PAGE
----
Truer Words—Not Saving But Selling Face (Update)By
In my May 30th, 2012, Truer Words blog post, I talked about how Facebook is selling us to ourselves. Well, in the “I could not make this up” category, consider the following article entitled On Facebook, ‘Likes’ Become Ads. The article appears to be by Somini Sengupta and originally came out of San Francisco. I say “appears” because articles like this are “repurposed” all over the place to the point that it’s hard to tell who the original author was. I’ve seen this same article over at Yahoo as well as the New York Times. Such is journalism on the Internet these days. Anyway, consider the following excerpt:
On Valentine’s Day, Nick Bergus came across a link to an odd product on Amazon.com: a 55-gallon barrel of personal lubricant.
He found it irresistibly funny and, as one does in this age of instant sharing, he posted the link on Facebook, adding a comment: “For Valentine’s Day. And every day. For the rest of your life.”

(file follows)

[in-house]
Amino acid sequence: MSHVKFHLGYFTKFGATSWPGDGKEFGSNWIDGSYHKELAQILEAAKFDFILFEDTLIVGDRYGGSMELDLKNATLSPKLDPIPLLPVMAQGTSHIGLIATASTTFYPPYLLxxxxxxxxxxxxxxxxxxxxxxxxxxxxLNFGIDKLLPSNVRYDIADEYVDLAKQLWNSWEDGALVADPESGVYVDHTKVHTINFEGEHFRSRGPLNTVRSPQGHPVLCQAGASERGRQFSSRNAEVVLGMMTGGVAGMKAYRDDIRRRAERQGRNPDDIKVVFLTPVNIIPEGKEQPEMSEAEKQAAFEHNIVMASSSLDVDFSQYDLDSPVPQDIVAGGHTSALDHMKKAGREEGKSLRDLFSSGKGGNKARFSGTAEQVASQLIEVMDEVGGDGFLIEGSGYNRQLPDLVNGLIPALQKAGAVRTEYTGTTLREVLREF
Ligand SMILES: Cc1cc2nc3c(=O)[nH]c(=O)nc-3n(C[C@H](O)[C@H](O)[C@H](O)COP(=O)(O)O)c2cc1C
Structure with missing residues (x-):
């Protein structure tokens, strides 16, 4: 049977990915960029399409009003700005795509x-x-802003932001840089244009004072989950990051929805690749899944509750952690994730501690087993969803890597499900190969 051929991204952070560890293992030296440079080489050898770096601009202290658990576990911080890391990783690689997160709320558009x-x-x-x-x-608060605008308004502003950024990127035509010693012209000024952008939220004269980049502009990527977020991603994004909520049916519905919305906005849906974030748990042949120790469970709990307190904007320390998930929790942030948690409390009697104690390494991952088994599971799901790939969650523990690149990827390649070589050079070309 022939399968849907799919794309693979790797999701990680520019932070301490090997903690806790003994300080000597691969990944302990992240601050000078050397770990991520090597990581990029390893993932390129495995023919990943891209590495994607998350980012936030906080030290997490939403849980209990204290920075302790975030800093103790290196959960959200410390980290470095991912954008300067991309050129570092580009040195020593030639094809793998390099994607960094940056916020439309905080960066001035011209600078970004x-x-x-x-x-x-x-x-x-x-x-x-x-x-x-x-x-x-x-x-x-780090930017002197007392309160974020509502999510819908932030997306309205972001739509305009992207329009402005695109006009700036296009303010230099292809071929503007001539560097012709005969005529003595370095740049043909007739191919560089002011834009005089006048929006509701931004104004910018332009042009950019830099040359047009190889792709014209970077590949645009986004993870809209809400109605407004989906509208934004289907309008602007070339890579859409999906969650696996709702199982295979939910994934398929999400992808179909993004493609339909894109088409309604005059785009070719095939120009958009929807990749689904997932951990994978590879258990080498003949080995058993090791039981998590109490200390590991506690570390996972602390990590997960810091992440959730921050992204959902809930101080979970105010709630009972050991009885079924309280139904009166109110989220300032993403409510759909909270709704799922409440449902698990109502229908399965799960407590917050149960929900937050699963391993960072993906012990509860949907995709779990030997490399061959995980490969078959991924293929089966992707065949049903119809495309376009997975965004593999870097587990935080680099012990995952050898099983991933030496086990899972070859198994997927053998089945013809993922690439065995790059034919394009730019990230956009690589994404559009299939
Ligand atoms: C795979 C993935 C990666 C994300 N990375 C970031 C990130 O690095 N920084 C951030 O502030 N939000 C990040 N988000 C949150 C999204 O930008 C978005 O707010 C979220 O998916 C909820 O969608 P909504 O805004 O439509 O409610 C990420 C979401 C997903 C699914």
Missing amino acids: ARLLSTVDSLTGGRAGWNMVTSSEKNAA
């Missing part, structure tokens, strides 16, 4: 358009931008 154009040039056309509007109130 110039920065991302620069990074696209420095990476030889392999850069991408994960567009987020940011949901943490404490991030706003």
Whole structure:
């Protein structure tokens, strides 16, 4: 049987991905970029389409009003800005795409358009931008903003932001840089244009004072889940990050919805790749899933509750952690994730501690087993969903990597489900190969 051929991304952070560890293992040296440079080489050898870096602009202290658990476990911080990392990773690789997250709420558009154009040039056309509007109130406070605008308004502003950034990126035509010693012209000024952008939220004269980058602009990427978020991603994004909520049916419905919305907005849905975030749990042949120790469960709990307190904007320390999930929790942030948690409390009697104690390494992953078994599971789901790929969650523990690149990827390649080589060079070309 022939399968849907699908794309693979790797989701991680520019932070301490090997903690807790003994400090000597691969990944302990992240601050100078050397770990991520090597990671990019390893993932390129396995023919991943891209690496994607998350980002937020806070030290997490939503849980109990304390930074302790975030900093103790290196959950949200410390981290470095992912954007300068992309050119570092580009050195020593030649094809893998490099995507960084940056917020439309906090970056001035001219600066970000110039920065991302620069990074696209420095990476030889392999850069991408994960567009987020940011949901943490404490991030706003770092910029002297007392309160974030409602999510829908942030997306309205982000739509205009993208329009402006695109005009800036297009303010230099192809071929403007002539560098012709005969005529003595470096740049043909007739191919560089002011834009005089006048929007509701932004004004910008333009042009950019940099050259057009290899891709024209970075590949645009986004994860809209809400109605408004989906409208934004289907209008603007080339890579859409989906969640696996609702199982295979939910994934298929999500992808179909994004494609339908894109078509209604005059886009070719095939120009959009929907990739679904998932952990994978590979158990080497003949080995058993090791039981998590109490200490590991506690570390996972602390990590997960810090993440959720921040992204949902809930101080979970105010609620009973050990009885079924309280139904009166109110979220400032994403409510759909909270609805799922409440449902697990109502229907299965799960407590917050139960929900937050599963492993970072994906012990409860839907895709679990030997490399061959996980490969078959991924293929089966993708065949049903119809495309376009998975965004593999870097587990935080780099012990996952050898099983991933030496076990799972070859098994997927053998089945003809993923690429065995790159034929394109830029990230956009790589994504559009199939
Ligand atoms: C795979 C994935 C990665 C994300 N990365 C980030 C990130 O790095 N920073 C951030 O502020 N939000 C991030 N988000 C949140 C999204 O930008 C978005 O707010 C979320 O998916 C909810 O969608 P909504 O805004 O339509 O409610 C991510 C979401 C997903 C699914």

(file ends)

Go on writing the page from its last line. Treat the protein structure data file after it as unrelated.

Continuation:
Within days, friends of Mr. Bergus started seeing his post among the ads on Facebook pages, with his name and smiling mug shot. Facebook — or rather, one of its algorithms — had seen his post as an endorsement and transformed it into an advertisement, paid for by Amazon.
In Facebook parlance, it was a sponsored story, a potentially lucrative tool that turns a Facebook user’s affinity for something into an ad delivered to his friends.
Amazon is one of many companies that pay Facebook to generate these automated ads when a user clicks to “like” their brands or references them in some other way. Facebook users agree to participate in the ads halfway through the site’s 4,000-word terms of service, which they consent to when they sign up.
So, in this Truer Words update, the Truer Words I’d focus in on are: “In Facebook parlance, it was a sponsored story, a potentially lucrative tool that turns a Facebook user’s affinity for something into an ad delivered to his friends.” Welcome to the world of Facebook where you are both the producer and the product. And as mentioned in my May 30th post, as a result of the recent Facebook IPO (initial public offering) now you can buy shares of yourself. I’m a bit old fashion and fiscally conservative: I’m still a privately held company.
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